to free and open source software; the services,
frameworks, plugins and tools we collectively refer
to as libraries.
Here's some links:
FROM (SELECT id,content
FROM (SELECT id,content
WHERE NOT binary)
WHERE content CONTAINS 'commons-collections<')
BigQuery has since released ANSI 2011 "standard SQL", which would does have an optimizer and would push predicates down).
(work on GCP and worked on BQ until recently)
(like this https://www.youtube.com/watch?v=cO1a1Ek-HD0)
Note that the published query scans 2.25 TB of data. While impressive, for a better workflow and cost management I would split it into a 2 step process:
- First extract all the files I'm interested in to a separate table (all pom.xmls?).
- Then run whatever analysis you want over those files.
SELECT pop, repo_name, path
SELECT id, repo_name, path
FROM `bigquery-public-data.github_repos.files` AS files
WHERE path LIKE '%pom.xml' AND
WHERE NOT binary AND
content LIKE '%commons-collections<%' AND
content LIKE '%>3.2.1<%' AND
id = files.id
difference.new_sha1 AS id,
ARRAY_LENGTH(repo_name) AS pop
CROSS JOIN UNNEST(difference) AS difference
ORDER BY pop DESC;
As a disclosure, I work on the project to support standard SQL in BigQuery.
Interesting fact: Justine was the founder of occupywallst.org, which was the highest-trafficked publisher/web hub for the Occupy Wall Street movement before she worked for Google.
Are these pull requests that the project would still need to approve/merge or were they just pushed in?
It would have been great to see a count of how many PRs have been accepted.
Interesting that 2100 of the PRs are "Upgrade Apache Commons Collections to v3.2.2" and just 7 were "Upgrade Apache Commons Collections to v4.1".
So even if they don't get merged, they still serve a purpose, even if it's just for a few people who behave like I do.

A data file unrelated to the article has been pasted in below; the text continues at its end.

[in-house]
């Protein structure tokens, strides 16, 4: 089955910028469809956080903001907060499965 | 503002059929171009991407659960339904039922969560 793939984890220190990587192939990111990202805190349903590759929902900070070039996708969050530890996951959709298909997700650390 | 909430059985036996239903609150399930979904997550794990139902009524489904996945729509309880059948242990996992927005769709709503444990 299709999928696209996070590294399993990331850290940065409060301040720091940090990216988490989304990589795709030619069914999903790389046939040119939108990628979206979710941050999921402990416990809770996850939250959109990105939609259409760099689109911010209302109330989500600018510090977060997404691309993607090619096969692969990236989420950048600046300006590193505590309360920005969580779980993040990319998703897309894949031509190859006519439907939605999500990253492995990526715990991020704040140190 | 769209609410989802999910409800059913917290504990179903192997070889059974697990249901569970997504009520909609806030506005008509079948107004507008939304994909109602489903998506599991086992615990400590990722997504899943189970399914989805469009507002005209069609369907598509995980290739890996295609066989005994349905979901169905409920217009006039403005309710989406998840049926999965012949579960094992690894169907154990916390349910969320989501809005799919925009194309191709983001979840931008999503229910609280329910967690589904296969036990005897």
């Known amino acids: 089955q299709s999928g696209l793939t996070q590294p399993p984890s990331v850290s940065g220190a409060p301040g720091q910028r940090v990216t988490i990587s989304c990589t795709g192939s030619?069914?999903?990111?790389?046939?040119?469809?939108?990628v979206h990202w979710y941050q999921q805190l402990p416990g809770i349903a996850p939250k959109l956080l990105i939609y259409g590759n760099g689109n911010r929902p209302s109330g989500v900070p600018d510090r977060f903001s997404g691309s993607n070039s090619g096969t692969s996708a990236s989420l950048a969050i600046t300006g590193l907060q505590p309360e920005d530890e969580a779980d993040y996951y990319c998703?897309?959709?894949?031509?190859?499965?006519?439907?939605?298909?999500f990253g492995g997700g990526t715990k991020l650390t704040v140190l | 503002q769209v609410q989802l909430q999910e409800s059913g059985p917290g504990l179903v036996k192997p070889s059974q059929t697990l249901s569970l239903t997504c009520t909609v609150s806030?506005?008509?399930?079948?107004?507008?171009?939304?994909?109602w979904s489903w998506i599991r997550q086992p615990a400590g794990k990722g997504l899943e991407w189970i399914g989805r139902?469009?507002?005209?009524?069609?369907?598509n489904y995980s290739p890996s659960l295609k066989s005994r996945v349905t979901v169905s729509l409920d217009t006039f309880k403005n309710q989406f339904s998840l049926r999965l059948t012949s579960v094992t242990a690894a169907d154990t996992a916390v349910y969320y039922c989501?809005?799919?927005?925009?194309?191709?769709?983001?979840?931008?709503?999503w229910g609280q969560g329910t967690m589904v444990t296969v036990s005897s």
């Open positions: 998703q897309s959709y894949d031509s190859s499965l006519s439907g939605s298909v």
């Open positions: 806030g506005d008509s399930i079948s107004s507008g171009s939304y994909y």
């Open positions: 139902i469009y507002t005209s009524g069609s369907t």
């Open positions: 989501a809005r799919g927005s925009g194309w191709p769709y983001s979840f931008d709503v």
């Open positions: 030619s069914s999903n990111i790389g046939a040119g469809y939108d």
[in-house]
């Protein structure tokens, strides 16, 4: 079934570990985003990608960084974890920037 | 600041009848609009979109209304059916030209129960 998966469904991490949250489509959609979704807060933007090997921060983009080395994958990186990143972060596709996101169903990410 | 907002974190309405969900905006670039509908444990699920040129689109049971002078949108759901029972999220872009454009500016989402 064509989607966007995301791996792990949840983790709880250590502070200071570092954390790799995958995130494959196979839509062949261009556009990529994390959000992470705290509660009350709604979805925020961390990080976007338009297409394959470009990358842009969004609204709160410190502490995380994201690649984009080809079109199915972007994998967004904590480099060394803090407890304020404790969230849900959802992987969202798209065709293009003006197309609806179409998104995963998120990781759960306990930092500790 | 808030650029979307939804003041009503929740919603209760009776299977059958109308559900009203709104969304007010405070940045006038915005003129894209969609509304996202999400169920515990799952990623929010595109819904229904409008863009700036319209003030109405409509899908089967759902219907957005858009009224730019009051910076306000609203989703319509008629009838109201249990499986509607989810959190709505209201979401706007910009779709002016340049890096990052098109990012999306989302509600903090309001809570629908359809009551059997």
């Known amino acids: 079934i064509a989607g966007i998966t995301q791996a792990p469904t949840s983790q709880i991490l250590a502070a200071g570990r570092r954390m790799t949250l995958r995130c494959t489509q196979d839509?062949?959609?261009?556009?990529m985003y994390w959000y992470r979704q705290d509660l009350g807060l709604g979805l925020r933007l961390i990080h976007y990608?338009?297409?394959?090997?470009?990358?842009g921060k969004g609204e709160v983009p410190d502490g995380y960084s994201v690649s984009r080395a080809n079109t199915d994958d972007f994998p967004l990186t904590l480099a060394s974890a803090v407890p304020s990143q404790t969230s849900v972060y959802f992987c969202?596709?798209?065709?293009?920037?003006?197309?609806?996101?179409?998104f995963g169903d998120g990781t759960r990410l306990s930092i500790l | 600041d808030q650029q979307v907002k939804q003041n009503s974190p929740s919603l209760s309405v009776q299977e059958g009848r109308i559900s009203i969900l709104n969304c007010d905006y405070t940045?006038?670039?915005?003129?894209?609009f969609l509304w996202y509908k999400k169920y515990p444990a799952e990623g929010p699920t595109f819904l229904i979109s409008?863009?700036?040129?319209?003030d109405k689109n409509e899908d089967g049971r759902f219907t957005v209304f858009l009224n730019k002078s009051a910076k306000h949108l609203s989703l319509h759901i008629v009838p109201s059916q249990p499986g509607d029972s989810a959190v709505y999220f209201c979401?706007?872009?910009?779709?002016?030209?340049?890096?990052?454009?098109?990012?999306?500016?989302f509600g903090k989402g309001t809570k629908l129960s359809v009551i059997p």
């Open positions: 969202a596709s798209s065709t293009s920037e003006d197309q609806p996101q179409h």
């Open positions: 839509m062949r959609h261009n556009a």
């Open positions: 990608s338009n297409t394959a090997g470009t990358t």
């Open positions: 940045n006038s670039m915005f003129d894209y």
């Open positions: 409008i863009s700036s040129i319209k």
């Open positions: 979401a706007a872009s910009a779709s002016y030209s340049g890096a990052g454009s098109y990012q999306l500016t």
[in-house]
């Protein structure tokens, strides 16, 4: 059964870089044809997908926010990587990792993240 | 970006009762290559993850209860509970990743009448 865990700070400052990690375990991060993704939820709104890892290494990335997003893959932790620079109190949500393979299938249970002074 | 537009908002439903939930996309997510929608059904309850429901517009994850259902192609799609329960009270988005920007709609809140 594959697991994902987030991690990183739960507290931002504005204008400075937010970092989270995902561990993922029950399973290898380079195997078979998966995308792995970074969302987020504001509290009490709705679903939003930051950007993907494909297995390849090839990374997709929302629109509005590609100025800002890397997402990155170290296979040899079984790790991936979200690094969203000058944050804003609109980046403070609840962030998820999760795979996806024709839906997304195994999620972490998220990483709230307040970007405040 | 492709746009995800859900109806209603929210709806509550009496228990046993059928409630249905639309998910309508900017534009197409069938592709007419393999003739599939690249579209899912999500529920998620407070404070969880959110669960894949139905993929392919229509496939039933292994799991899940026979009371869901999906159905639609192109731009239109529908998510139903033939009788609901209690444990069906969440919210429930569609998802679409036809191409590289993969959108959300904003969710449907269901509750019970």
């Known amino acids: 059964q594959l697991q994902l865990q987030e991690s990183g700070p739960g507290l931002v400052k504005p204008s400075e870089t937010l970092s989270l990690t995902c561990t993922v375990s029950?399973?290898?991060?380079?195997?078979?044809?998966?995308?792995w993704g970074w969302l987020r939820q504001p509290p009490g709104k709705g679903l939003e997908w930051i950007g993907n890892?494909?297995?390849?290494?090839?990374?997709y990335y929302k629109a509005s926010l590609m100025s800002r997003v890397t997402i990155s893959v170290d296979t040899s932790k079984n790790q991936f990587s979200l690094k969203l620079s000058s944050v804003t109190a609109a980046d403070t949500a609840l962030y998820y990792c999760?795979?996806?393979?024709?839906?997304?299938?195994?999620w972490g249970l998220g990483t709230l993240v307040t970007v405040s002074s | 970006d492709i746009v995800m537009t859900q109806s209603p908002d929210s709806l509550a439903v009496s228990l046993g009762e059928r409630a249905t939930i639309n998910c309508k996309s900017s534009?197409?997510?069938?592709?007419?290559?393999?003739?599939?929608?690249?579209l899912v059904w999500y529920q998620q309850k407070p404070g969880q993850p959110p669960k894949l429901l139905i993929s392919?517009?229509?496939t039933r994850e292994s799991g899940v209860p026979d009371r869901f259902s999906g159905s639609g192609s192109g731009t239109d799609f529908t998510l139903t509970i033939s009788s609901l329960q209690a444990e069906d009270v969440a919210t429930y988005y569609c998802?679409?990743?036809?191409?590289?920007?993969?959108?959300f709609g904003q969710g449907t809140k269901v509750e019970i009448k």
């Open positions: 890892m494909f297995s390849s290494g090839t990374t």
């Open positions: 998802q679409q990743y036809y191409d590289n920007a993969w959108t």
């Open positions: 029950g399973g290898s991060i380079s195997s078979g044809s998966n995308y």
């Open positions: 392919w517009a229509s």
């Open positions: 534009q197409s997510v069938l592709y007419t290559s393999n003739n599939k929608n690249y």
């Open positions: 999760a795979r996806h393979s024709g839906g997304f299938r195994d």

Still pretty awesome.
Thank you for adding in the part about the bank teller.
"it would be like hiring a bank teller who was trained to hand over all the money in the vault if asked to do so politely, and then entrusting that teller with the key."
To read that from Google is frankly disappointing. While this is true of many open-source projects, it doesn't have to be that way. Red Hat (and Google!) are brilliant proofs of this.
a) make a contract with a company that takes responsibility for X, or
b) hire somebody who takes responsibility for X, or
c) take responsibility for X on your own
It doesn't help to "buy" closed-source software X from another company if you can't count on them in case of emergency, i.e. if they vanish, go bankrupt or put their lawyers onto you.
Then, better take open-source software where you can take responsibility on your own, for which it may help to hire one or more of the lead developers.
Eh, why not just get rid of the bad version? Alternately, release a bug-fixed copy with the same version number.
Any breakage is a case of "oh well, you're safe now". Leaving the security hole is probably worse breakage.
If you just re-publish the old version, it's difficult to know whether you've taken the change.
If you are going to reissue the same version number - why bother having version numbers at all?
And this work is very useful in so far as I'm sure the benefits it provides is going to massively outweigh the cost. However, if you have a naked ObjectInputStream#readObject in your code then you probably still have an exploitable security issue. Have a look at how well Jenkins strategy was to fixing this issue which was basically the same strategy as Operation Roshub. ie: removing the ability to access classes that were known to be used in gadget chains. Surprise, surprise it didn't last very long and people just found new gadgets.
And if you read this blog post then you might be mistaken into thinking that removing commons-collections from your classpath or upgrading commons-collection to the 'safe' version would make object deserialization safe but this is not the case. if you have a naked ObjectInputStream#read in your code then you are vulnerable to remote code execution.
While gadgets may not be the root weakness, the gadgets certainly help. We may never be able to have perfect security. Hopefully the systemic paradigm shift infosec professionals are advocating will come some day. But until that day arrives, we can make people so much safer, with minimal effort, by simply disabling these gadgets.
Almost no one uses them. Out of all the projects I found, I was only able to identify one or two that were legitimately using the gadgets in question.
Guideline 8-5 / SERIAL-5: Understand the security permissions given to serialization and deserialization
Permissions appropriate for deserialization should be carefully checked. Additionally, deserialization of untrusted data should generally be avoided whenever possible.
And do you want to have a guess as to how many times Serialization was used to bypass the Java Sandbox between when Sami Kouvi made his blogpost and someone made a con talk on about Apache. Hint: it is greater than 1. [https://tyranidslair.blogspot.co.uk/2013/02/fun-with-java-se...]